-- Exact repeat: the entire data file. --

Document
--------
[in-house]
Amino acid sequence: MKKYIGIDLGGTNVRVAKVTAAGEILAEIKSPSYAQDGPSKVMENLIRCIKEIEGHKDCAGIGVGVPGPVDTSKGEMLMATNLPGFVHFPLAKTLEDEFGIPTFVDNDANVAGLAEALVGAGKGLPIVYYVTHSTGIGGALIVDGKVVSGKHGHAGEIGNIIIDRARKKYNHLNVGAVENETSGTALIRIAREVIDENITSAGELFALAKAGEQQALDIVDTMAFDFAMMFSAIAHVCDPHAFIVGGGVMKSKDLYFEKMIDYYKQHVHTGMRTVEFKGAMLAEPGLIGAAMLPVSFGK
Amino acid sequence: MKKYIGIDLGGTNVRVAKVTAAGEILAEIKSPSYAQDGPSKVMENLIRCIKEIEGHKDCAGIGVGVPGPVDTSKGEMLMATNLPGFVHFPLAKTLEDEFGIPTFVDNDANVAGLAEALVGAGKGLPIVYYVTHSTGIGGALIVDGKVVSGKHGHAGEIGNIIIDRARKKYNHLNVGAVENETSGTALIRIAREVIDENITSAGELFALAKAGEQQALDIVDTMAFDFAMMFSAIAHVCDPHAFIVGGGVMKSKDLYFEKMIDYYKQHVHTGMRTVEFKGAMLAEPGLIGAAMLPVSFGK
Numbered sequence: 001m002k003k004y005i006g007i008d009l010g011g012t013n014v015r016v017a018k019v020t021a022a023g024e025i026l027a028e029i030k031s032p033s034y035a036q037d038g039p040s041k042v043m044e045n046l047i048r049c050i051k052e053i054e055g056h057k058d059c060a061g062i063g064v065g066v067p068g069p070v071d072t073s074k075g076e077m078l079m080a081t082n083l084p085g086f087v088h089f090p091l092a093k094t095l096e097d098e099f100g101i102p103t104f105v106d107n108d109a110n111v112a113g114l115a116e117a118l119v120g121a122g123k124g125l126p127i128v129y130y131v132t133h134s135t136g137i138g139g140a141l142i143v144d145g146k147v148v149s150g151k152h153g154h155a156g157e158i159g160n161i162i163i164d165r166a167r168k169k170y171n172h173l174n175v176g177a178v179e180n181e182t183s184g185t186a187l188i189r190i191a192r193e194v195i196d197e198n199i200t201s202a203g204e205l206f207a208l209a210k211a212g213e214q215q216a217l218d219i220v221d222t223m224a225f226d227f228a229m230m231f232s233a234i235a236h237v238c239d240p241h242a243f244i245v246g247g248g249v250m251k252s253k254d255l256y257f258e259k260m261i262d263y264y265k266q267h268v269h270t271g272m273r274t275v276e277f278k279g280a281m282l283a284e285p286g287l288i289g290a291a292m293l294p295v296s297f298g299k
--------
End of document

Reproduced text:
[in-house]
Amino acid sequence: MKKYIGIDLGGTNVRVAKVTAAGEILAEIKSPSYAQDGPSKVMENLIRCIKEIEGHKDCAGIGVGVPGPVDTSKGEMLMATNLPGFVHFPLAKTLEDEFGIPTFVDNDANVAGLAEALVGAGKGLPIVYYVTHSTGIGGALIVDGKVVSGKHGHAGEIGNIIIDRARKKYNHLNVGAVENETSGTALIRIAREVIDENITSAGELFALAKAGEQQALDIVDTMAFDFAMMFSAIAHVCDPHAFIVGGGVMKSKDLYFEKMIDYYKQHVHTGMRTVEFKGAMLAEPGLIGAAMLPVSFGK
Amino acid sequence: MKKYIGIDLGGTNVRVAKVTAAGEILAEIKSPSYAQDGPSKVMENLIRCIKEIEGHKDCAGIGVGVPGPVDTSKGEMLMATNLPGFVHFPLAKTLEDEFGIPTFVDNDANVAGLAEALVGAGKGLPIVYYVTHSTGIGGALIVDGKVVSGKHGHAGEIGNIIIDRARKKYNHLNVGAVENETSGTALIRIAREVIDENITSAGELFALAKAGEQQALDIVDTMAFDFAMMFSAIAHVCDPHAFIVGGGVMKSKDLYFEKMIDYYKQHVHTGMRTVEFKGAMLAEPGLIGAAMLPVSFGK
Numbered sequence: 001m002k003k004y005i006g007i008d009l010g011g012t013n014v015r016v017a018k019v020t021a022a023g024e025i026l027a028e029i030k031s032p033s034y035a036q037d038g039p040s041k042v043m044e045n046l047i048r049c050i051k052e053i054e055g056h057k058d059c060a061g062i063g064v065g066v067p068g069p070v071d072t073s074k075g076e077m078l079m080a081t082n083l084p085g086f087v088h089f090p091l092a093k094t095l096e097d098e099f100g101i102p103t104f105v106d107n108d109a110n111v112a113g114l115a116e117a118l119v120g121a122g123k124g125l126p127i128v129y130y131v132t133h134s135t136g137i138g139g140a141l142i143v144d145g146k147v148v149s150g151k152h153g154h155a156g157e158i159g160n161i162i163i164d165r166a167r168k169k170y171n172h173l174n175v176g177a178v179e180n181e182t183s184g185t186a187l188i189r190i191a192r193e194v195i196d197e198n199i200t201s202a203g204e205l206f207a208l209a210k211a212g213e214q215q216a217l218d219i220v221d222t223m224a225f226d227f228a229m230m231f232s233a234i235a236h237v238c239d240p241h242a243f244i245v246g247g248g249v250m251k252s253k254d255l256y257f258e259k260m261i262d263y264y265k266q267h268v269h270t271g272m273r274t275v276e277f278k279g280a281m282l283a284e285p286g287l288i289g290a291a292m293l294p295v296s297f298g299k